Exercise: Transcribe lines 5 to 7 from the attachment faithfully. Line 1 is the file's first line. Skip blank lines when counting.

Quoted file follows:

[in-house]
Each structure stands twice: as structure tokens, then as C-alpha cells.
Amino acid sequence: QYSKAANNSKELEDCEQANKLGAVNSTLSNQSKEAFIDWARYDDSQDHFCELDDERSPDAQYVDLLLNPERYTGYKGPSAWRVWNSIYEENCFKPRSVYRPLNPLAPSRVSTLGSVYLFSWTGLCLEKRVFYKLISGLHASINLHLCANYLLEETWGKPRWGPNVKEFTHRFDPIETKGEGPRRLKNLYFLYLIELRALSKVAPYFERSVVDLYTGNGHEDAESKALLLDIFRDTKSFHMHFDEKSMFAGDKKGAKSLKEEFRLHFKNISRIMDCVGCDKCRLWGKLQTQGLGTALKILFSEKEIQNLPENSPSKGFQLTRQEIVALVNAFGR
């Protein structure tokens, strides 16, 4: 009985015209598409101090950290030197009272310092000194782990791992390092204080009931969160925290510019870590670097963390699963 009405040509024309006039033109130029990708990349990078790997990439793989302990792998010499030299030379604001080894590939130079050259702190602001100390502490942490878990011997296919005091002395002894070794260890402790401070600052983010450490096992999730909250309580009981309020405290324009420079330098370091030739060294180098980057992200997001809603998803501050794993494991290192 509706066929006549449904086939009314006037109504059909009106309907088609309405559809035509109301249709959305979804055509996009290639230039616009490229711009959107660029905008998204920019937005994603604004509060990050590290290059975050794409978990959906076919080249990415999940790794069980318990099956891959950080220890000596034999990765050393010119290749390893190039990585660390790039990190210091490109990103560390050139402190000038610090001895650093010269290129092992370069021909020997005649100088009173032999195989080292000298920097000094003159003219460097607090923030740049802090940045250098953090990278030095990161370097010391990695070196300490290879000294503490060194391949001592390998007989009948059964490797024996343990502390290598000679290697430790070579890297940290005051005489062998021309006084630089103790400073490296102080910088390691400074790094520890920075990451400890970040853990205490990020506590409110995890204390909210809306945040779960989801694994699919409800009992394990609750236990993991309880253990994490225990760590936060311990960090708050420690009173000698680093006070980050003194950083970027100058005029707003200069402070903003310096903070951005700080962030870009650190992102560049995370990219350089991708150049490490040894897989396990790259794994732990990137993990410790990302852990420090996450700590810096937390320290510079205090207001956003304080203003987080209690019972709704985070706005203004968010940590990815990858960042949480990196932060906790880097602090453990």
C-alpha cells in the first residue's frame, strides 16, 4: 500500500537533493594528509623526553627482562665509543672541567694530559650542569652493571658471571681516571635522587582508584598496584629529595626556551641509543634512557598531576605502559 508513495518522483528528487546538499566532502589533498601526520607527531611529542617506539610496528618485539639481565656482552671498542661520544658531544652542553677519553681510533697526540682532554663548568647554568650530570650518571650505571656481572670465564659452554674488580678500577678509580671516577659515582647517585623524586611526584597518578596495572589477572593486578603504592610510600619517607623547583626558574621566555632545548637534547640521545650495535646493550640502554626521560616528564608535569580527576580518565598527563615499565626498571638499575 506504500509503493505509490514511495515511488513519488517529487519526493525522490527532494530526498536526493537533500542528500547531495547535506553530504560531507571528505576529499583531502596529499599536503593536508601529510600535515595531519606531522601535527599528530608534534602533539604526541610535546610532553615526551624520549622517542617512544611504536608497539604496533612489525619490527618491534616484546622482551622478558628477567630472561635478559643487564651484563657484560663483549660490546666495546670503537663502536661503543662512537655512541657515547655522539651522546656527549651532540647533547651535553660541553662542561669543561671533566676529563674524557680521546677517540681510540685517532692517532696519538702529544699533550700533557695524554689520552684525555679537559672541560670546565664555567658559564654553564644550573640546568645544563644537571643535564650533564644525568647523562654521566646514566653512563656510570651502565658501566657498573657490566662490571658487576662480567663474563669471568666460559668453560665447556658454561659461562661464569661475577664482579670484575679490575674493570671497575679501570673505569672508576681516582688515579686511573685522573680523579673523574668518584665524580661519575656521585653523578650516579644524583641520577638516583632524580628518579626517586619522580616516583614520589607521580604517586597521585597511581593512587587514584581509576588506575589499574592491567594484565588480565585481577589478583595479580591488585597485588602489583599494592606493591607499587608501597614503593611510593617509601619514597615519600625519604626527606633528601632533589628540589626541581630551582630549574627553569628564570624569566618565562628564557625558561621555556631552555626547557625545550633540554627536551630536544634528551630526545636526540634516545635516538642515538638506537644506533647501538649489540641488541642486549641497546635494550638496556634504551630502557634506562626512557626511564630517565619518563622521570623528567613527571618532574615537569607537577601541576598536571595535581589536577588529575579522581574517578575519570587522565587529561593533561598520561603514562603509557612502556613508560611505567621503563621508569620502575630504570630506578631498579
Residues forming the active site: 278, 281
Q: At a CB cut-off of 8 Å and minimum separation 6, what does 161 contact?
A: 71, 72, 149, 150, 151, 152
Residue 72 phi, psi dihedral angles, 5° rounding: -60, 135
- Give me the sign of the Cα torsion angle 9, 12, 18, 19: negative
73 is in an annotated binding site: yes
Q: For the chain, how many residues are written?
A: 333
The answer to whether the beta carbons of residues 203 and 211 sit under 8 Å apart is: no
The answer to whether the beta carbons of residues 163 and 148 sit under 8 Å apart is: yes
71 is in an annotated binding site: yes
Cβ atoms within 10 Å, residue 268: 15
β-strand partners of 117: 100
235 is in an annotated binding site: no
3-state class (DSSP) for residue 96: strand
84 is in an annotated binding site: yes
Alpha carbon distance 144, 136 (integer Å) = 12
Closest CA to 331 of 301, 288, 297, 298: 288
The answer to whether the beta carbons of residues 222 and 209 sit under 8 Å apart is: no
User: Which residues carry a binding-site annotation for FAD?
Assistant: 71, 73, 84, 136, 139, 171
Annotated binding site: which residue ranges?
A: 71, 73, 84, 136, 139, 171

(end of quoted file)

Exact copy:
C-alpha cells in the first residue's frame, strides 16, 4: 500500500537533493594528509623526553627482562665509543672541567694530559650542569652493571658471571681516571635522587582508584598496584629529595626556551641509543634512557598531576605502559 508513495518522483528528487546538499566532502589533498601526520607527531611529542617506539610496528618485539639481565656482552671498542661520544658531544652542553677519553681510533697526540682532554663548568647554568650530570650518571650505571656481572670465564659452554674488580678500577678509580671516577659515582647517585623524586611526584597518578596495572589477572593486578603504592610510600619517607623547583626558574621566555632545548637534547640521545650495535646493550640502554626521560616528564608535569580527576580518565598527563615499565626498571638499575 506504500509503493505509490514511495515511488513519488517529487519526493525522490527532494530526498536526493537533500542528500547531495547535506553530504560531507571528505576529499583531502596529499599536503593536508601529510600535515595531519606531522601535527599528530608534534602533539604526541610535546610532553615526551624520549622517542617512544611504536608497539604496533612489525619490527618491534616484546622482551622478558628477567630472561635478559643487564651484563657484560663483549660490546666495546670503537663502536661503543662512537655512541657515547655522539651522546656527549651532540647533547651535553660541553662542561669543561671533566676529563674524557680521546677517540681510540685517532692517532696519538702529544699533550700533557695524554689520552684525555679537559672541560670546565664555567658559564654553564644550573640546568645544563644537571643535564650533564644525568647523562654521566646514566653512563656510570651502565658501566657498573657490566662490571658487576662480567663474563669471568666460559668453560665447556658454561659461562661464569661475577664482579670484575679490575674493570671497575679501570673505569672508576681516582688515579686511573685522573680523579673523574668518584665524580661519575656521585653523578650516579644524583641520577638516583632524580628518579626517586619522580616516583614520589607521580604517586597521585597511581593512587587514584581509576588506575589499574592491567594484565588480565585481577589478583595479580591488585597485588602489583599494592606493591607499587608501597614503593611510593617509601619514597615519600625519604626527606633528601632533589628540589626541581630551582630549574627553569628564570624569566618565562628564557625558561621555556631552555626547557625545550633540554627536551630536544634528551630526545636526540634516545635516538642515538638506537644506533647501538649489540641488541642486549641497546635494550638496556634504551630502557634506562626512557626511564630517565619518563622521570623528567613527571618532574615537569607537577601541576598536571595535581589536577588529575579522581574517578575519570587522565587529561593533561598520561603514562603509557612502556613508560611505567621503563621508569620502575630504570630506578631498579
Residues forming the active site: 278, 281
Q: At a CB cut-off of 8 Å and minimum separation 6, what does 161 contact?